While the hatchling Aquilops and the adults emerging from the shadowy burrow are entirely speculative they are based on what we know about Aquilops’ close relatives. Several growth phases are known from various other ceratopsian species, and they consistently show young with reduced frills and jugal (cheek) horns, and adults with more elongated skulls, wider jugals and expanded frills. Also, we thought it would be a good idea to show a good number of baby Aquilops, as large clutches of young seem to be the norm for most dinosaurs, ceratopsians included. The strategy seems to have been “make a lot of babies and let the predators sort ‘em out”, so we thought it’d make sense to show that happening, and by a relatively small mammalian predator no less. After all, in an ecosystem with Acrocanthosaurus, Deinonychus and Gobiconodon, Aquilops was pretty low on the food chain.
Perhaps Aquilops’ odd rostral protuberance helped them to dig and defend burrows, or engage in intraspecific combat. Perhaps Aquilops grew much larger than the holotype specimen, and could thus fend off larger predators. Perhaps Gobiconodon fed exclusively on insects. Ultimately there are many things that we simply don’t know and many things we can’t know, but it is my hope that rather than presenting Aquilops as just another fossil we’ve managed to present you with the fossil attached inseparably to the idea that it was a once-living creature, with instincts, and habits and needs. A character speaking to us, through the record of geology, an unfathomable 106 million years in the future.
I just finished auctioning off a bunch of hand painted shirts. It went really well and I owe everyone who bid a big thanks for all the support. I am deeply honored to be able to make things for all of you with your generous support. Here is the pitch video explaining how the auction worked, and showing a few of the T-shirt designs.
BIDDING ON HAND PAINTED SHIRTS HAS ENDED but you can still check out the shirts, and stay tuned for new ones on my facebook page here:
I’m also selling these stencil-painted shirts for $15 RIGHT HERE!!
Don’t like material bullshit but still want to help monsters destroy humanity and drive the few survivors insane with their blood curdling roars, shrieks, and bellowing mating calls? You can make a donation toward the cause by clicking this button here (donations over $10 bucks get a drawing from me as a thank-you):
Also, you can still order Earth Beasts Awaken art prints here:
EARTH BEASTS AWAKEN POSTER PRINTS!!!!!
National Geographic recently released a slew of gorgeous new paleoart and other press images with the announcement of a new paper on the awesome and enigmatic dinosaur Spinosaurus aegyptiacus. Though the imagery is awesome, the paper and the new reconstruction of Spinosaurus has proven somewhat controversial, and in discussing the new paleo art with a friend, he pointed out to me that one of the illustrations bears remarkable similarities to one of my own…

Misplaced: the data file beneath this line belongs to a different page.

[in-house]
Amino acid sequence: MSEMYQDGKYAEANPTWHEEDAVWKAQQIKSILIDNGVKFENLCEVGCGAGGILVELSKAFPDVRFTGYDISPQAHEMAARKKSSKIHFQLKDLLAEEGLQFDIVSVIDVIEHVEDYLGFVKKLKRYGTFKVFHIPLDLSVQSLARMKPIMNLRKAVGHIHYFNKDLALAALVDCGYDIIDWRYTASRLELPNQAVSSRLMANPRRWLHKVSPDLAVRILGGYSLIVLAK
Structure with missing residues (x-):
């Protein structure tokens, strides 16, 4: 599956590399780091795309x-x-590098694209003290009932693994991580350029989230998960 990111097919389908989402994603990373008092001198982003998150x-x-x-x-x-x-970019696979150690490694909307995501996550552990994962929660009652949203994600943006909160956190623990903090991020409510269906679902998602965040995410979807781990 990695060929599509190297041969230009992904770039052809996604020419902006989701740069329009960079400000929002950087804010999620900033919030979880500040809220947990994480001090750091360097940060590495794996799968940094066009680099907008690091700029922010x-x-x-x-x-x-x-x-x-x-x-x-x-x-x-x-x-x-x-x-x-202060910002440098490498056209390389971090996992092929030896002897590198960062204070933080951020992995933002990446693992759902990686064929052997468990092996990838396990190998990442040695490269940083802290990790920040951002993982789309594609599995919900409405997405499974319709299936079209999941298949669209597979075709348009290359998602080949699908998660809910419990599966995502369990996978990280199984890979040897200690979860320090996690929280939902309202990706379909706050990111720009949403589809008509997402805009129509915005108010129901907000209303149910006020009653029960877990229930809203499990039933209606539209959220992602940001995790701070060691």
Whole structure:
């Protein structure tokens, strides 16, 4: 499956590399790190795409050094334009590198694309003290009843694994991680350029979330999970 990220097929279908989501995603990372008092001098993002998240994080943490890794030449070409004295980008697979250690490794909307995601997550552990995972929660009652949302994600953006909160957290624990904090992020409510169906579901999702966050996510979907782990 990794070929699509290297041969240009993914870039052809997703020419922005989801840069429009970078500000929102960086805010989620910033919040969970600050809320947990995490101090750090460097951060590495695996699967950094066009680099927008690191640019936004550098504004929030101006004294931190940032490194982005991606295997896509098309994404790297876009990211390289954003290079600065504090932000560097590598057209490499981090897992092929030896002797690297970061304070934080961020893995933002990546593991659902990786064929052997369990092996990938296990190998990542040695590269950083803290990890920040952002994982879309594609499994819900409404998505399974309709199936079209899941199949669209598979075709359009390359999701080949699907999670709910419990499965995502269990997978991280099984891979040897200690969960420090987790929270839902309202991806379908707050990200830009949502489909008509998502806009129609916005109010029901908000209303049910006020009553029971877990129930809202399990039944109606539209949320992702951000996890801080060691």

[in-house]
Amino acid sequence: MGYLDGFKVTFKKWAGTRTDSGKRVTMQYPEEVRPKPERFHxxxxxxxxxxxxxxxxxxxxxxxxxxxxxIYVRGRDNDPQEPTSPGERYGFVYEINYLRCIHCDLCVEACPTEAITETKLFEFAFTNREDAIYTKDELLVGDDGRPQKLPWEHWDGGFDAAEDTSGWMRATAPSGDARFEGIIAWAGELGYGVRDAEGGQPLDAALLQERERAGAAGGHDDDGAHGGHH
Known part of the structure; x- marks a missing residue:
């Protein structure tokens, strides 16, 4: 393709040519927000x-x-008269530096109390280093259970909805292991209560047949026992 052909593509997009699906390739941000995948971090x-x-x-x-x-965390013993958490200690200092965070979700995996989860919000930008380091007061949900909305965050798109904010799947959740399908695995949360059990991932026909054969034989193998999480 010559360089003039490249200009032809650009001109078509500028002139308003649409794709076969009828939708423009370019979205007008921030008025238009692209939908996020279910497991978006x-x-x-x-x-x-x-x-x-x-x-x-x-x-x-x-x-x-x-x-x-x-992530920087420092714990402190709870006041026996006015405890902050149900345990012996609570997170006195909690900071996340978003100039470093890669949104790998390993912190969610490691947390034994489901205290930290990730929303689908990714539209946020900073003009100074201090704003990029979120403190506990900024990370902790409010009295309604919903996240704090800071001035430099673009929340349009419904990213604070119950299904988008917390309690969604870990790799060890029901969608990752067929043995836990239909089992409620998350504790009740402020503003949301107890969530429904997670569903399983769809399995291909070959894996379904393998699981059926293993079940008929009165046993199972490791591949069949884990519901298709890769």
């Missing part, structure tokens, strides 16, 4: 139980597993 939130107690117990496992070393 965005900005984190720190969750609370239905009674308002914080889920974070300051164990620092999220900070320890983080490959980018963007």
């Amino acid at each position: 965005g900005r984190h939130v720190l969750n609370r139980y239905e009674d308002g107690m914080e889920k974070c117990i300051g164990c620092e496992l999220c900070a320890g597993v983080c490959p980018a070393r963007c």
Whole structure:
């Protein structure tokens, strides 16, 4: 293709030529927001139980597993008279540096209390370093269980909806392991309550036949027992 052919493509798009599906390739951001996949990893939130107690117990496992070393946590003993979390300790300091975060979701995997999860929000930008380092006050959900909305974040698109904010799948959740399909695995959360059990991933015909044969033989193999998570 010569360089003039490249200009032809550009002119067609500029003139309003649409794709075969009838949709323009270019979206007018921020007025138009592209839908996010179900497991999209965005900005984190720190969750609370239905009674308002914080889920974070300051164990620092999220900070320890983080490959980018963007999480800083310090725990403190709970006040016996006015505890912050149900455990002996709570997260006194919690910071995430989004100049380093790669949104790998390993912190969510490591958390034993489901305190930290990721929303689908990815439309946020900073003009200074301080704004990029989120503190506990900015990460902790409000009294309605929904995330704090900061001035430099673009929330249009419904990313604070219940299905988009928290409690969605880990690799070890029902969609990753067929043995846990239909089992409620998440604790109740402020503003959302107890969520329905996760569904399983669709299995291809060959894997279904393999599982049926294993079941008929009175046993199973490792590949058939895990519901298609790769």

…and here is my old Spinosaur image I did for Tor Bertin’s 2010 paper reviewing the Spinosauridae which can be found on PalArch here:
I think the new piece is technically gorgeous, and I’m pretty smug about the fact that my first published piece of paleo-art is the first image ever made (to my knowledge) of a Spinosaur hunting while swimming in an underwater ecosystem and that it might be influencing (some say even getting ripped off by?) the good people at National Geographic (who I’ve looked up to for years!). Admittedly, the similarities get me a little riled up, but I know all too well that, as an artist, an image or sound that took someone else hours or days or years to create can so easily be dropped into a folder full of reference material where it dissolves into the sea of human experience that everything we do is drawn from. That’s just part of the process, and partially derivative works naturally result.
Like most paleoartists, when I do an illustration I amass piles of images of wildlife and fossils taken or prepared by hard working and skilled photographers and paleontologists and museum staff and I never even think to give any of those people credit if I don’t know them personally. For example, here’s an awesome image of a crocodile, gleaned from somewhere in the sprawling reaches of the internet that definitely influenced my Spinosaurus illustration to some degree…
So, whether something is derivative doesn’t really matter right? Maybe not. But there is a distinction to be made with regards to how directly derived a work is. To me at least, the more directly derived an image is from a previous work of the same or similar creative medium, then the less artistic integrity that piece has. When that photographer took that picture of a crocodile their end-goal was presumably to take a picture of a crocodile. When I grabbed that Image I wasn’t thinking “ooh goody, I’ll paint this crocodile almost exactly as I see it!” Rather, I absorbed information from that image into my imagination in order to accomplish a completely different end goal: depict something nobody has ever seen before.
Reference images of living animals and fossils weren’t the only information I took in. In an attempt to figure out the ideal perspective I also made a quick little sculpture of a Spinosaurus out of polymer clay, and then photographed it in a little aquarium partially submerged in water. Here are a few of those shots.
Then, to figure out the lighting, and get a really good feel for the environment, I went to a river near my house with a GoPro camera and took a bunch of video footage of fish and turtles and light coming through the water. Here are a few frames that directly translated into the look of various parts of my image:
It was a great day, I saw amazing things that filled me with ideas and surprised me, like this male Western Pond Turtle (Actinemys marmorata) who was so focused on trying to mate with a hunkered down female that I was able to put my camera right next to them to take this video (please forgive the blurriness, the early generations of GoPro had a major design flaw such that they couldn’t record clear images under water):